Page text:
Most writers say they started writing at a young age, but you discovered your talents while working on the backstories for your girl-on-girl website, which featured photographs of you spliced together (the twins).
My website was the very first creative thing I ever did and the caliber of writing on my porn site was out of this world! I’m kidding. I really did enjoy writing and I’ve always dated creative guys who have said, ‘You’re a funny writer.’

And it’s your reporter boyfriend, Jeremy, who turns you on to the idea of writing about gambling. Can you tell us more about his role?
I was always writing Jeremy letters and he basically kept them and retyped them. That’s what I used for my application to get into the Columbia MFA program. Jeremy gave me a lot of confidence and said this would be a nice transition for you to get out of gambling.

But while I was at Columbia, I still didn’t think I had anything to write about. It was through learning how to write a book proposal in my last semester at Columbia that I was finally confident that I had enough material to write an actual book.

You never told your parents or sister about your stripping, porn-site, gambling life. What have their reactions been?
My dad and sister still haven’t read it, but my mom read it. I just didn’t know how to prepare anyone because they had no idea whatsoever what I had been doing. No one did. Even some close friends of mine didn’t know about all of that stuff. I chose not to prepare them at all and just send them the book.

My mom’s final reaction was pretty good. She said she was proud of me and that there was some stuff that was shocking and that was about it.

What has the transition from gambling to writing been like?
My life has changed, but not that much. In the book, even though it seems I have a very carefree lifestyle, I was working a lot and training for boxing. Like writing, those things take a lot of time, discipline, and focus. I’ve always been used to getting up very early in the morning and doing my work, and that’s what I do as a writer. I’m also used to the inconsistent money. When you’re a writer, you have to keep producing. When you’re a gambler, you have to keep winning. You have to be comfortable with the uncertainty. How do you ride out your advance? You’re always thinking about money and how much you can get by on because you might not win again. Even if you get an advance, you’re just watching your money go down.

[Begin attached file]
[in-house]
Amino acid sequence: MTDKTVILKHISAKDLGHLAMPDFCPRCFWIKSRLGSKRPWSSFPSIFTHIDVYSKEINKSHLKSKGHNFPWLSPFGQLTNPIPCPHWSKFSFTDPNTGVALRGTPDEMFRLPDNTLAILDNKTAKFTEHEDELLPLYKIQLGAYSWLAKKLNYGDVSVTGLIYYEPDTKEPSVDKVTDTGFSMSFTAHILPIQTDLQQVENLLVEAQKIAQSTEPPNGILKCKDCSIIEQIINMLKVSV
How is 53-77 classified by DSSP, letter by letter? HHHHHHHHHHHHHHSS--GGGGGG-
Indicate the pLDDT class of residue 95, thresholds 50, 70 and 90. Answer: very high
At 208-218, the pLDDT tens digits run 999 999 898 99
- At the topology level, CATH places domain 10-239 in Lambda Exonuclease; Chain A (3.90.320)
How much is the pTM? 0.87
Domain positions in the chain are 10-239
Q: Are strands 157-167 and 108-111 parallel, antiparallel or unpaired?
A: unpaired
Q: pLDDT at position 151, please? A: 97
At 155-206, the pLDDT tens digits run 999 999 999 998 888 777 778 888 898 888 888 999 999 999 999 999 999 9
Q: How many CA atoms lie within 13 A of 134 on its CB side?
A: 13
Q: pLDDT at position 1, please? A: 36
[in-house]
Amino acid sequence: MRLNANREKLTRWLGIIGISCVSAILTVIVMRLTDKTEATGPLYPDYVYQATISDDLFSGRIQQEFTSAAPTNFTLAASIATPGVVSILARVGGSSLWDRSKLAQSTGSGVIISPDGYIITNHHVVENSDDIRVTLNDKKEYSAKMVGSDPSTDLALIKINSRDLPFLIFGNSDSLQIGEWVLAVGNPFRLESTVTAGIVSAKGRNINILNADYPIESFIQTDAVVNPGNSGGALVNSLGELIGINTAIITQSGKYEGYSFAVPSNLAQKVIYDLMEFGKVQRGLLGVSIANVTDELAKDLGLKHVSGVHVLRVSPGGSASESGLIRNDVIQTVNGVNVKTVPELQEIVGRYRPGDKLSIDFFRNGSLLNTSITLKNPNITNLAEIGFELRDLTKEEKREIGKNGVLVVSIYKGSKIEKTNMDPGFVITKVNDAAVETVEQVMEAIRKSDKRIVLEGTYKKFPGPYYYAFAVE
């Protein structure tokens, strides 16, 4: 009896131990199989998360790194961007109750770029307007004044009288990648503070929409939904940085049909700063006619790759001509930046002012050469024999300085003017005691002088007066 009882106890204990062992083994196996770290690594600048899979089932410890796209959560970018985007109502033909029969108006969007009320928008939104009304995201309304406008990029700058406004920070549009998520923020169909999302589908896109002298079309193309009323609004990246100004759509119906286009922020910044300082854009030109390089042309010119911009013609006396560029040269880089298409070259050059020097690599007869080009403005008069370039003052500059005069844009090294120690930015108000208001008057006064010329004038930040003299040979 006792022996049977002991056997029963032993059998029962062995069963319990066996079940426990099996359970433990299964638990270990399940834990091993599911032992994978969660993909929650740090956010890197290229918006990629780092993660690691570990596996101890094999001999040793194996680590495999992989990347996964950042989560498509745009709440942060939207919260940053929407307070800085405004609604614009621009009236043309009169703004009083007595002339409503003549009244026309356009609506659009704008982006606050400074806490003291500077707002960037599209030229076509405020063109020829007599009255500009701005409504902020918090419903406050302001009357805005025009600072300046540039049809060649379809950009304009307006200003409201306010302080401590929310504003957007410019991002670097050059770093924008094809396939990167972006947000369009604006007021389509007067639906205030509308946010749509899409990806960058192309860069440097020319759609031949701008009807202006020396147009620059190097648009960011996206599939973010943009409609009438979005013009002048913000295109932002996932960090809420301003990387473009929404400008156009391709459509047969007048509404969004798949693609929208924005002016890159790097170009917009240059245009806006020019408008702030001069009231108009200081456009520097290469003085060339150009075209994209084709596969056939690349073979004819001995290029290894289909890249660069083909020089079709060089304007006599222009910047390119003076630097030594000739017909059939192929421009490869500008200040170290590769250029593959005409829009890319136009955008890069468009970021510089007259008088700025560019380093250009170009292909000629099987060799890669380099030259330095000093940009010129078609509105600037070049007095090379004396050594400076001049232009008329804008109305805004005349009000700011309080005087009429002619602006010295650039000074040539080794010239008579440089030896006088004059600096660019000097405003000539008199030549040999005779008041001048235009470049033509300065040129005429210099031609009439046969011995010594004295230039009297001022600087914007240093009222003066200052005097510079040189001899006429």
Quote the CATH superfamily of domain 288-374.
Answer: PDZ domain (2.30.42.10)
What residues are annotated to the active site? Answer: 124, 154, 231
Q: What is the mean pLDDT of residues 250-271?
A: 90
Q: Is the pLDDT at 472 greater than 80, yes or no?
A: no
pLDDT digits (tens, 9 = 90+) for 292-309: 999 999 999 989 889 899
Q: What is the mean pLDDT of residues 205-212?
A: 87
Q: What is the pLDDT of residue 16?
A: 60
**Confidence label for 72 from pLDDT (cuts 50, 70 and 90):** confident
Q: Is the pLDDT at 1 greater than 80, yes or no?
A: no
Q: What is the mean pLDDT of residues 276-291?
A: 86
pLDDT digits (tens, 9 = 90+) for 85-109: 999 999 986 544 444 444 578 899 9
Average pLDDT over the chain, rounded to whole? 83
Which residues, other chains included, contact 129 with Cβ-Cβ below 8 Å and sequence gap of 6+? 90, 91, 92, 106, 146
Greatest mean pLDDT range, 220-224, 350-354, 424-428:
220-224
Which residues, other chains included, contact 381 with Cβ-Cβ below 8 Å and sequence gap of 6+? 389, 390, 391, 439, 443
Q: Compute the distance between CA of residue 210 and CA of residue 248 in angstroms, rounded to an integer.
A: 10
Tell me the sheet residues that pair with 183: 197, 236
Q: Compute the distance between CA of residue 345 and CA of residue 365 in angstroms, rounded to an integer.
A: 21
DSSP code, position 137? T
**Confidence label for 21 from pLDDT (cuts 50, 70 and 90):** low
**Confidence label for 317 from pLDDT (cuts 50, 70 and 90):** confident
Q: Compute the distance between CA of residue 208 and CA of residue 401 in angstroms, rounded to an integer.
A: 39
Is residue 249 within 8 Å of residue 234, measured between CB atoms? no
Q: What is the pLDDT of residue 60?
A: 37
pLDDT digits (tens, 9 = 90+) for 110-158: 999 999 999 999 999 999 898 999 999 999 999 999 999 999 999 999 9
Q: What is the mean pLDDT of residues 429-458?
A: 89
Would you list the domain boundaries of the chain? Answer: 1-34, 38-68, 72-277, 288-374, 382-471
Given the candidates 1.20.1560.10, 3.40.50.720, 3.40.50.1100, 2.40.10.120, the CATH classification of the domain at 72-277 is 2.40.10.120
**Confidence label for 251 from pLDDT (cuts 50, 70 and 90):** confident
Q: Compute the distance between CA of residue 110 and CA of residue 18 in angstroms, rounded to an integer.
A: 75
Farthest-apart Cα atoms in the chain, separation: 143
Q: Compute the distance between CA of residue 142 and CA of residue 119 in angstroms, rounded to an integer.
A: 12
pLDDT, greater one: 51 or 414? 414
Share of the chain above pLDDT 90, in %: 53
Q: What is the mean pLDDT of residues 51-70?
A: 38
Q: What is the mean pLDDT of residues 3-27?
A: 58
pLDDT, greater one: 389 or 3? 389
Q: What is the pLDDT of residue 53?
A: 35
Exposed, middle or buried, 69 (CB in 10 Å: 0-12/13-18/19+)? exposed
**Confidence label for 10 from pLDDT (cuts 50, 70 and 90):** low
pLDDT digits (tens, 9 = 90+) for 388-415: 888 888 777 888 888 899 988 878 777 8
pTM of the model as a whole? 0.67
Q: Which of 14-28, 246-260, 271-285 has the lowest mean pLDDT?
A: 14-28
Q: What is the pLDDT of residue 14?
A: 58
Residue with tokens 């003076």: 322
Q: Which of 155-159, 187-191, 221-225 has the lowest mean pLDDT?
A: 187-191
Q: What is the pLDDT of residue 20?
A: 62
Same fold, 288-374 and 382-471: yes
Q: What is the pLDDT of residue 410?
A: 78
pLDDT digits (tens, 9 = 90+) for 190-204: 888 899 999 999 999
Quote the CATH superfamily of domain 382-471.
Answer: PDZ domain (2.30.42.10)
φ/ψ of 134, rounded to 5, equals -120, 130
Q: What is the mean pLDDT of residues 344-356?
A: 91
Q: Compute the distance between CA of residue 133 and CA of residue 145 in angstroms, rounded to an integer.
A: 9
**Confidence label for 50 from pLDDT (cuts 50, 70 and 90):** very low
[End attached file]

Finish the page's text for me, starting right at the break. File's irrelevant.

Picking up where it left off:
Do you still work in gambling?
I don’t work in gambling anymore but I’m friends with all the guys and keep in touch with them. I love Las Vegas and I did a couple of readings there. My first morning in Vegas, Dink called me. He said, “Where are you? I thought you would come and work this morning.” On the morning of my reading, he thought I would make bets on his behalf. I said, “No I’m retired.”

So are you definitely committed to the writing life?
I’m so grateful that I have writing and was able to write that book. I spent almost two years writing Lay the Favorite full-time and it was amazing, and I want to be able to spend another two years writing my next book. I don’t know how practical that will be. It’s the best feeling in the world to write when it’s going well. Even when it is going poorly, it still feels pretty good.

What do you hope your readers will come away with?
Grace Slick from the band Jefferson Airplane always said: I never regret anything I did. I only regret the things I didn’t do.

I want the book to inspire people to break the rules sometimes–go off the path they’re on if they’re feeling even the littlest instinct to–because all my characters and I go on this unorthodox path and, in the end, it’s pretty great that we did. We become more of ourselves. We own our lives. We do things that are not very respectable and in the end it all still works out okay.

Grace didn’t fuck Jimi Hendricks when she had the opportunity. I think about that all the time. So if you have the chance to fuck Jimi Hendricks, go for it.

Finally, Beth Raymer, what’s your Six-Word Memoir?
Flunked, stripped, boxed, gambled; then wrote.


BUY Lay the Favorite.

LISTEN to an interview with Beth Raymer on NPR.

READ an excerpt of Lay the Favorite on Memoirville.

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18 responses

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  4. Farah says:

    “I always wanted to do things on a whim and go on adventures; in high school and college, I never had any friends who would do that with me, so I did a lot of things by myself.”

    I beg to differ…I spent a lot of time grounded because of our high school shnanigans. The Beefcake did not appreciate our wild ways.

    I’m proud of you, Beth!

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    “Hendricks” LOL

    Everyone has a story. Yours is misspelled and lacking basic fact-checking skills.